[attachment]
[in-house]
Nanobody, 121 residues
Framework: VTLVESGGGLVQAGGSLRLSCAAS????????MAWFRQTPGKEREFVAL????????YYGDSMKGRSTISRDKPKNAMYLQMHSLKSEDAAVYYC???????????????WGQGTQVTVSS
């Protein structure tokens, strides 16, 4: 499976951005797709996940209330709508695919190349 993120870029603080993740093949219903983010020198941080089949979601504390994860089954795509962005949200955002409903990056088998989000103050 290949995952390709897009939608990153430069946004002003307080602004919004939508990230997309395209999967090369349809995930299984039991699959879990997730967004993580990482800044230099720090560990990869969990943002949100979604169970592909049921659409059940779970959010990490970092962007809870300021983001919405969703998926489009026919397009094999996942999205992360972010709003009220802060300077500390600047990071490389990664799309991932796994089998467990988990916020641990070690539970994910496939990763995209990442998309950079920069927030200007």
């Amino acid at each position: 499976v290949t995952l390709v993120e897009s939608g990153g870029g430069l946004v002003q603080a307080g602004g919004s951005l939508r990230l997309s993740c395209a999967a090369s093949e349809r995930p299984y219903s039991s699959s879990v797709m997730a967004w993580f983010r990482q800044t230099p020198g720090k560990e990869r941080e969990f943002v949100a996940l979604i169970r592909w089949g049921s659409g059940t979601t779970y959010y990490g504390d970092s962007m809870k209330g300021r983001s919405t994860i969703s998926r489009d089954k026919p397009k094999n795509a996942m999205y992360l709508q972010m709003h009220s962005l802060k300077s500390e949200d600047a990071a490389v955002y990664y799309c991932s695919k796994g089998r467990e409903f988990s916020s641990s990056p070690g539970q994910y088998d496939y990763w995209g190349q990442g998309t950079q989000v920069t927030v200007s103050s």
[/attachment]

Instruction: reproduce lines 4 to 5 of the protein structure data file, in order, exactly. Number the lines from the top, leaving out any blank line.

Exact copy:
């Protein structure tokens, strides 16, 4: 499976951005797709996940209330709508695919190349 993120870029603080993740093949219903983010020198941080089949979601504390994860089954795509962005949200955002409903990056088998989000103050 290949995952390709897009939608990153430069946004002003307080602004919004939508990230997309395209999967090369349809995930299984039991699959879990997730967004993580990482800044230099720090560990990869969990943002949100979604169970592909049921659409059940779970959010990490970092962007809870300021983001919405969703998926489009026919397009094999996942999205992360972010709003009220802060300077500390600047990071490389990664799309991932796994089998467990988990916020641990070690539970994910496939990763995209990442998309950079920069927030200007």
């Amino acid at each position: 499976v290949t995952l390709v993120e897009s939608g990153g870029g430069l946004v002003q603080a307080g602004g919004s951005l939508r990230l997309s993740c395209a999967a090369s093949e349809r995930p299984y219903s039991s699959s879990v797709m997730a967004w993580f983010r990482q800044t230099p020198g720090k560990e990869r941080e969990f943002v949100a996940l979604i169970r592909w089949g049921s659409g059940t979601t779970y959010y990490g504390d970092s962007m809870k209330g300021r983001s919405t994860i969703s998926r489009d089954k026919p397009k094999n795509a996942m999205y992360l709508q972010m709003h009220s962005l802060k300077s500390e949200d600047a990071a490389v955002y990664y799309c991932s695919k796994g089998r467990e409903f988990s916020s641990s990056p070690g539970q994910y088998d496939y990763w995209g190349q990442g998309t950079q989000v920069t927030v200007s103050s």